Commercially available hyperspectral image processing software includes the ENVI software available from RSI, Inc.; HSI data processing services are also available, for example from analytical imaging and Geophysicals LLC of Colorado, USA.

Many details of hyperspectral image analysis techniques can be found in the ENVI (Environment for Visualising Images) software tutorial available from RSI, Inc. of Colorado, USA (www.rsinc.com/envi/tutorial.pdf), in particular chapters 12 to 17.

Once the rock density/porosity has been mapped at step 202, the procedure then determines terrain correction data, which essentially comprises the mapped rock density in combination with a digital elevation model, either derived from the survey or from another source 206. For example an accurate DEM (digital elevation model) may be produced using a combination of LIDAR (Laser radar) and an IMU (Inertial Measurement Unit) in conjunction with DGPS (Differential Global Positioning System) to correct the LIDAR data for the plane motion. The DEM and DGPS data may also be used to correct the measured potential field data for the terrain. Likewise aircraft acceleration, attitude, angular rate and angular acceleration data may also be used to correct the output data of the potential field instrumentation. Any onboard or remote sensor can be used to provide the position and motion information for the aircraft and/or the potential field instrumentation.

The terrain correction data thus comprises a set of data defining height (elevation) and density (or porosity) at X,Y locations over the surveyed region. This is used to correct the potential field data with the aim of, in effect, reducing the terrain to a flat, uniform density layer. Prior to performing this correction the potential field data is generally preprocessed 208, for example by gridding but in some preferred embodiments of the technique using an equivalent source method as described in our earlier PCT Patent application (ibid). It is therefore helpful at this stage to outline these methods.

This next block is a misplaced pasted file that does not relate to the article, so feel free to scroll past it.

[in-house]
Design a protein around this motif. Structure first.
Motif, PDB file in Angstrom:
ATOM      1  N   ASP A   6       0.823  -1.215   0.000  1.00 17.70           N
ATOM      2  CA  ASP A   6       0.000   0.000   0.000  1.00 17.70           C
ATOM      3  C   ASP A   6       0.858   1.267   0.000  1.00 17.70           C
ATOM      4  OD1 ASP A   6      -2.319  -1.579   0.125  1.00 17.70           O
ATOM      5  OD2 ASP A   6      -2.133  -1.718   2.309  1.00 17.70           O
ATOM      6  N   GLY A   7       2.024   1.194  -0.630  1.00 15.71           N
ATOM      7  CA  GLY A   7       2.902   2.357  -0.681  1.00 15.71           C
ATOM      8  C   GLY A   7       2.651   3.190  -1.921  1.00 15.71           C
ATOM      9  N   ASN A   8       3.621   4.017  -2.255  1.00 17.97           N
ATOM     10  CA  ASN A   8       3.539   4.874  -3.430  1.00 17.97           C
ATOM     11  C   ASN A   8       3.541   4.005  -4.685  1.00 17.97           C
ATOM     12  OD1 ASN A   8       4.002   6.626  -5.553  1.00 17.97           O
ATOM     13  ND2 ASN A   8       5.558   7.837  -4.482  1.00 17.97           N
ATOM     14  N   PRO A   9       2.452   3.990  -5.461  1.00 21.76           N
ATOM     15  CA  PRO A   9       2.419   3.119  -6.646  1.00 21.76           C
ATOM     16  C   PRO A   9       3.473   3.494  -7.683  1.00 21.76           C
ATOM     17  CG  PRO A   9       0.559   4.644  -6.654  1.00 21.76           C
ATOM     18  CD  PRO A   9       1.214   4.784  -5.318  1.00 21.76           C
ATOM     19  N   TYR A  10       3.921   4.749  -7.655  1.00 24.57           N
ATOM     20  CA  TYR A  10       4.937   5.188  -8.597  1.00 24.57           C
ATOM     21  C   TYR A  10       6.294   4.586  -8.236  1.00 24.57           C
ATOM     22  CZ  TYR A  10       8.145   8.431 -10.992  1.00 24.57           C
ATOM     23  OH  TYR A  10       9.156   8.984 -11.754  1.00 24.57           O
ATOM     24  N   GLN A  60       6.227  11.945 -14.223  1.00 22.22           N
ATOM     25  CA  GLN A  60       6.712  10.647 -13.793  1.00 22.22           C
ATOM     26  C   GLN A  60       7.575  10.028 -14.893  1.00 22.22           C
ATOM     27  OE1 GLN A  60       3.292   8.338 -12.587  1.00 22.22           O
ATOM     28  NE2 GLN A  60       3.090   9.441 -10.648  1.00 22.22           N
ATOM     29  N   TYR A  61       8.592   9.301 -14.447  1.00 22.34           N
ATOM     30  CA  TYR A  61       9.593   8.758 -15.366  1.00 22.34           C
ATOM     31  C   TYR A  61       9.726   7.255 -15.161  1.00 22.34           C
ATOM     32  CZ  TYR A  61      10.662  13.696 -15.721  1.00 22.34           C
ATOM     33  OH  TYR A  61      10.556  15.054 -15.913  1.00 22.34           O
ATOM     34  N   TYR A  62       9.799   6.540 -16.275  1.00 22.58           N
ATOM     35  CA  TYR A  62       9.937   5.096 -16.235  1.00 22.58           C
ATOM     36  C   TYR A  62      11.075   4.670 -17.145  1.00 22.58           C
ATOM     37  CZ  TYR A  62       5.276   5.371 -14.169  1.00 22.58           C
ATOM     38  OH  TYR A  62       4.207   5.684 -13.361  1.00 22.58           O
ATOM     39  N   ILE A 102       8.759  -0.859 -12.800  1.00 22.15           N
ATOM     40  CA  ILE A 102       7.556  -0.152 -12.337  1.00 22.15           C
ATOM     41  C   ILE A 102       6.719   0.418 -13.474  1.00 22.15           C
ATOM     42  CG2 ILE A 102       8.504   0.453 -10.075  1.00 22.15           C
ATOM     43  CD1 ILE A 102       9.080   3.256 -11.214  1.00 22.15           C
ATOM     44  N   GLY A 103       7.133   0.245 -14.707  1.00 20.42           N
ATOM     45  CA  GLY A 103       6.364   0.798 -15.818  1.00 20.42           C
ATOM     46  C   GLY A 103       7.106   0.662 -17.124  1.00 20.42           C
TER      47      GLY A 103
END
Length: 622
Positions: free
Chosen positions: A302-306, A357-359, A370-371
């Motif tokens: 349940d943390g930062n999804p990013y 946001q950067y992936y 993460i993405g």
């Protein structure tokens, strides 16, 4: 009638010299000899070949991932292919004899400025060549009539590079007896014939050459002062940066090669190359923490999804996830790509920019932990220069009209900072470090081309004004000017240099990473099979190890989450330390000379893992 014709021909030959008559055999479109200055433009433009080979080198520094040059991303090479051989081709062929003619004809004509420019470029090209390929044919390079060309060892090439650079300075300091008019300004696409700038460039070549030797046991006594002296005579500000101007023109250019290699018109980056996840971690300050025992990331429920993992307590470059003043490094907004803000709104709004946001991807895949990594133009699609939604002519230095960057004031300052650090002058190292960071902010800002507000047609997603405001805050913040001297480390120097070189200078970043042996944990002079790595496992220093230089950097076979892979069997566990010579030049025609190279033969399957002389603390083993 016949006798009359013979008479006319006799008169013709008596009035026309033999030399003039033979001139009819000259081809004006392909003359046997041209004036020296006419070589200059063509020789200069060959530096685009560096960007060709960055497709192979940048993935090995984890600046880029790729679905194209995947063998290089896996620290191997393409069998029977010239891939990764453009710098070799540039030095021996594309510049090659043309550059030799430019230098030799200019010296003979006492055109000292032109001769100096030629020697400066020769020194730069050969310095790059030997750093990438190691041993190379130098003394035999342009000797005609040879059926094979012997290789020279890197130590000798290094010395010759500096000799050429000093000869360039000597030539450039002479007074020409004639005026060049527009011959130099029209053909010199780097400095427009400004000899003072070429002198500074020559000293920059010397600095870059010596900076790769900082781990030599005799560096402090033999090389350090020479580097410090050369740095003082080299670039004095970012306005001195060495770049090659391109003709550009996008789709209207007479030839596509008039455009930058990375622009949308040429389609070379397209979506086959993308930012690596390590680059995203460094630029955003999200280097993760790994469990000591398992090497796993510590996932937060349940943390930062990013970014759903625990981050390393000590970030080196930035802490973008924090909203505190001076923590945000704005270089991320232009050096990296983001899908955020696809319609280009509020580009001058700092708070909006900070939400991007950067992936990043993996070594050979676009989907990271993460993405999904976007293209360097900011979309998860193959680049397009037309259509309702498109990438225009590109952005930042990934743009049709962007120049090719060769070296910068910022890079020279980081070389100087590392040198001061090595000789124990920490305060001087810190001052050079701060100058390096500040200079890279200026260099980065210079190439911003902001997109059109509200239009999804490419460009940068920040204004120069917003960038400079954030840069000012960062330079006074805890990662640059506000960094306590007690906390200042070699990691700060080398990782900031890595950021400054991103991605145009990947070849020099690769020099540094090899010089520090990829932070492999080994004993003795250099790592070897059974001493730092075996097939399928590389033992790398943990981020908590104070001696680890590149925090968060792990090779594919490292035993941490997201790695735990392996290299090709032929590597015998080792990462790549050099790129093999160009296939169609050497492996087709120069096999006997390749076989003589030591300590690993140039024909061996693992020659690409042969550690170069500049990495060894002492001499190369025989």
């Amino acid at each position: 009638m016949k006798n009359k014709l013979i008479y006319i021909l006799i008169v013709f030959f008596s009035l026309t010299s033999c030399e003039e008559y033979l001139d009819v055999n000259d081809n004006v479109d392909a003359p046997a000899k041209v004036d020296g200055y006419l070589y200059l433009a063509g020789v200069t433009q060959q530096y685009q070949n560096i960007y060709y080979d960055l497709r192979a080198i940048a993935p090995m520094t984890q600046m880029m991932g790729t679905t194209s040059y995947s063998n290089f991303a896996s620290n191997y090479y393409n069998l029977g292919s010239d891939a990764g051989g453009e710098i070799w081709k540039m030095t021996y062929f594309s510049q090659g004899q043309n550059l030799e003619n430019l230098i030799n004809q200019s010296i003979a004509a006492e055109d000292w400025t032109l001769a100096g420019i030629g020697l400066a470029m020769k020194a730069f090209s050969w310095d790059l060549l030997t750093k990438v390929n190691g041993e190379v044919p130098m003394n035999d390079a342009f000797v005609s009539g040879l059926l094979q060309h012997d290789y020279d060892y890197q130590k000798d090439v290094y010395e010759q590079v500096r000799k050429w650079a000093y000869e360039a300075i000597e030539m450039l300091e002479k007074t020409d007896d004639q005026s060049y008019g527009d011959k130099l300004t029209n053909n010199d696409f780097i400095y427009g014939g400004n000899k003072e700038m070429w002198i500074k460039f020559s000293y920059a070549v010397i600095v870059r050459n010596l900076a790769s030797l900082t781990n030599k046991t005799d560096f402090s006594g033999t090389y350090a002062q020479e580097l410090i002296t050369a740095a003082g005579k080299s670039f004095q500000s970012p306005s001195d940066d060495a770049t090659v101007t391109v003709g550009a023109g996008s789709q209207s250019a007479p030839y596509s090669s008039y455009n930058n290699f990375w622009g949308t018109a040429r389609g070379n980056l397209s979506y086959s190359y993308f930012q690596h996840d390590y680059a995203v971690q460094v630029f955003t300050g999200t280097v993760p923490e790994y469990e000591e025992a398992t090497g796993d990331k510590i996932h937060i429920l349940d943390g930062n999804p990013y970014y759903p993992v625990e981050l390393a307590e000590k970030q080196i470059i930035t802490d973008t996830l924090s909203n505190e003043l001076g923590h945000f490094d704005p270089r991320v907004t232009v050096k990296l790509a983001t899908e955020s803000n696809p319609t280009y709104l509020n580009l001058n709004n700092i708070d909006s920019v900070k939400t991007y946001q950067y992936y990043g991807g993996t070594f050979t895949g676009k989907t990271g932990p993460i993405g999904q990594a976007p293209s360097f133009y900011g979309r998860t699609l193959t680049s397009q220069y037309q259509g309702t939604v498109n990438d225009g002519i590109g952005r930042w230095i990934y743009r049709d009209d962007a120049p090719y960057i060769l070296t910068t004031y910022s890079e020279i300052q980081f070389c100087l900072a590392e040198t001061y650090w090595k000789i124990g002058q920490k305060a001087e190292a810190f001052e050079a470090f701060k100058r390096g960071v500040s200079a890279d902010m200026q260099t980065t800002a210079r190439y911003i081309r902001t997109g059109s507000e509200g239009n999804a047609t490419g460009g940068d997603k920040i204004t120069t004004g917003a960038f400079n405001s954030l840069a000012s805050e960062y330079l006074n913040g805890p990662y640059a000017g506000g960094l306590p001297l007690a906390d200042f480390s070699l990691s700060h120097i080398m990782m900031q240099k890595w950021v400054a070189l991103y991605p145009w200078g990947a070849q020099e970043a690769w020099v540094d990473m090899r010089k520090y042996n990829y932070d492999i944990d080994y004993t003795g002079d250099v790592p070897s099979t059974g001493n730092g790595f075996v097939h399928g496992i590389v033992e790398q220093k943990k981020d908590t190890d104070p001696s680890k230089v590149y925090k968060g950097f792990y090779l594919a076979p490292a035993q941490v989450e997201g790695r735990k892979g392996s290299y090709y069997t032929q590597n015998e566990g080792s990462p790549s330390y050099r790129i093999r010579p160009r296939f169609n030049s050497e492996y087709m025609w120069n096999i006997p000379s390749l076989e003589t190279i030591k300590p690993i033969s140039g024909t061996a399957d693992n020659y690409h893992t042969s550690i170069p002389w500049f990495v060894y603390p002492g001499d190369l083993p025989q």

Potential field data includes, but is not limited to, gravimeter data, gravity gradiometer data, vector magnetometer data and true magnetic gradiometer data. Elements and representations of a potential field may be derived from a scalar quantity.

For gravity, the relevant potential is the gravity scalar potential, Φ(r), defined as

$\Phi \ue8a0\left(r\right)=\int \int \int \frac{G\ue89e\phantom{\rule{0.3em}{0.3ex}}\ue89e\rho \ue89e\left({r}^{\prime}\right)}{\uf603r{r}^{\prime}\uf604}\ue89e{\uf74c}^{3}\ue89e{r}^{\prime}$

Where r, ρ(r′), G are respectively, the position of measurement of the gravity field, the mass density at location r′, and the gravitational constant. The gravitational force, which is how a gravitational field is experienced, is the spatial derivative of the scalar potential. Gravity is a vector in that it has directionality—as is well known gravity acts downwards. It is represented by three components with respect to any chosen Cartesian coordinate system as:

$g=\left({g}_{x},{g}_{y},{g}_{z}\right)=\left(\frac{\partial \Phi \ue8a0\left(r\right)}{\partial x},\frac{\partial \Phi \ue8a0\left(r\right)}{\partial y},\frac{\partial \Phi \ue8a0\left(r\right)}{\partial z}\right)$

Each of these three components varies in each of the three directions and the nine quantities so generated form the Gravity gradient tensor: